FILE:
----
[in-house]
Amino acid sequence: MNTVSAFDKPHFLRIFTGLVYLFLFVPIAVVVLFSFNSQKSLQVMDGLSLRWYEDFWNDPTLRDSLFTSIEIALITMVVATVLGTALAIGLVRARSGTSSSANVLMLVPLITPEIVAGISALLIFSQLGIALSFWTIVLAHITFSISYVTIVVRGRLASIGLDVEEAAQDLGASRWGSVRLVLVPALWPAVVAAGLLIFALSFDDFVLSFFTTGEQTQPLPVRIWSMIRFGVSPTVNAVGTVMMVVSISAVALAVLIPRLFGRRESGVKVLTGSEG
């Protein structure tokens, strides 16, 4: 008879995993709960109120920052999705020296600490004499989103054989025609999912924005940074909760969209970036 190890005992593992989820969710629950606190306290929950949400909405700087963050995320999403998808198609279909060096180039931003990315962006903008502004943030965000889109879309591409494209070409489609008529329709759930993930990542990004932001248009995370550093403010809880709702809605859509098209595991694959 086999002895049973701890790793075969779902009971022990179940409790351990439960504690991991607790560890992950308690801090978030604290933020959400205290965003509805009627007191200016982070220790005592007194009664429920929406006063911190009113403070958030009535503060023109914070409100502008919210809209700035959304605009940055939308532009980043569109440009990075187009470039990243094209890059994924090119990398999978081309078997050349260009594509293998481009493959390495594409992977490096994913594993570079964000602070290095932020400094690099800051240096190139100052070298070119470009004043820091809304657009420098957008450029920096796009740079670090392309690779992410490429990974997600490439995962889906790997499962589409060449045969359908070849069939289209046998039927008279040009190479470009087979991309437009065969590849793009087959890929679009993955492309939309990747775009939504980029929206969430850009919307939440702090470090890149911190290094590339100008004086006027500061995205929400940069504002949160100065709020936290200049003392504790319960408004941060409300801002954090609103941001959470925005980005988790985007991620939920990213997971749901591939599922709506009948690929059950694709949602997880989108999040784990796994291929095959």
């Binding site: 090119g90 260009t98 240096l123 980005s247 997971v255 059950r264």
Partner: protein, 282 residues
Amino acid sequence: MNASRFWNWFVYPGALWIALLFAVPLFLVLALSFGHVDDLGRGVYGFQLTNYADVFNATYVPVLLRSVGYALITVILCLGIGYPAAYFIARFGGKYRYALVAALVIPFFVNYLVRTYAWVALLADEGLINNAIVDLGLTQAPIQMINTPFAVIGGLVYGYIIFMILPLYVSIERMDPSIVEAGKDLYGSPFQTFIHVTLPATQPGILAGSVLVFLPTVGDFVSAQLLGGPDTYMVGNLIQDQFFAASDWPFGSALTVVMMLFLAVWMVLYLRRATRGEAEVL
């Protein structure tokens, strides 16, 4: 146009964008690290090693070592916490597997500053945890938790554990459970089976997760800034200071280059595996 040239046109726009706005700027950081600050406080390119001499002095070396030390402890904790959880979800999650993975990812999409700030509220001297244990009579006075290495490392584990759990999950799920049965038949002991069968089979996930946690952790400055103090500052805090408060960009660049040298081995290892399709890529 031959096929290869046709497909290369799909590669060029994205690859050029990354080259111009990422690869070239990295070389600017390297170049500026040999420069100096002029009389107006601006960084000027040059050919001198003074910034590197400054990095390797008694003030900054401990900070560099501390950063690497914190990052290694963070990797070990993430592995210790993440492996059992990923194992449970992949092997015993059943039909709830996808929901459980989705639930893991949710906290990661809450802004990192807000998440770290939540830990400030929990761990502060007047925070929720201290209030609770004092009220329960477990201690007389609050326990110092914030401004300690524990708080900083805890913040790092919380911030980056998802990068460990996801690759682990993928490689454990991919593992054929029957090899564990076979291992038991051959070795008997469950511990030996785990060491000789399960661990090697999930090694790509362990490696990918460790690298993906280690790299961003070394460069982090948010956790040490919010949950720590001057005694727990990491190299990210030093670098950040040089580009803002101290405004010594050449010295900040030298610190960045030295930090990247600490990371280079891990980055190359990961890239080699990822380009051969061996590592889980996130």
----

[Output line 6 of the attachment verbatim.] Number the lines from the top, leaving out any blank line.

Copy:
Amino acid sequence: MNASRFWNWFVYPGALWIALLFAVPLFLVLALSFGHVDDLGRGVYGFQLTNYADVFNATYVPVLLRSVGYALITVILCLGIGYPAAYFIARFGGKYRYALVAALVIPFFVNYLVRTYAWVALLADEGLINNAIVDLGLTQAPIQMINTPFAVIGGLVYGYIIFMILPLYVSIERMDPSIVEAGKDLYGSPFQTFIHVTLPATQPGILAGSVLVFLPTVGDFVSAQLLGGPDTYMVGNLIQDQFFAASDWPFGSALTVVMMLFLAVWMVLYLRRATRGEAEVL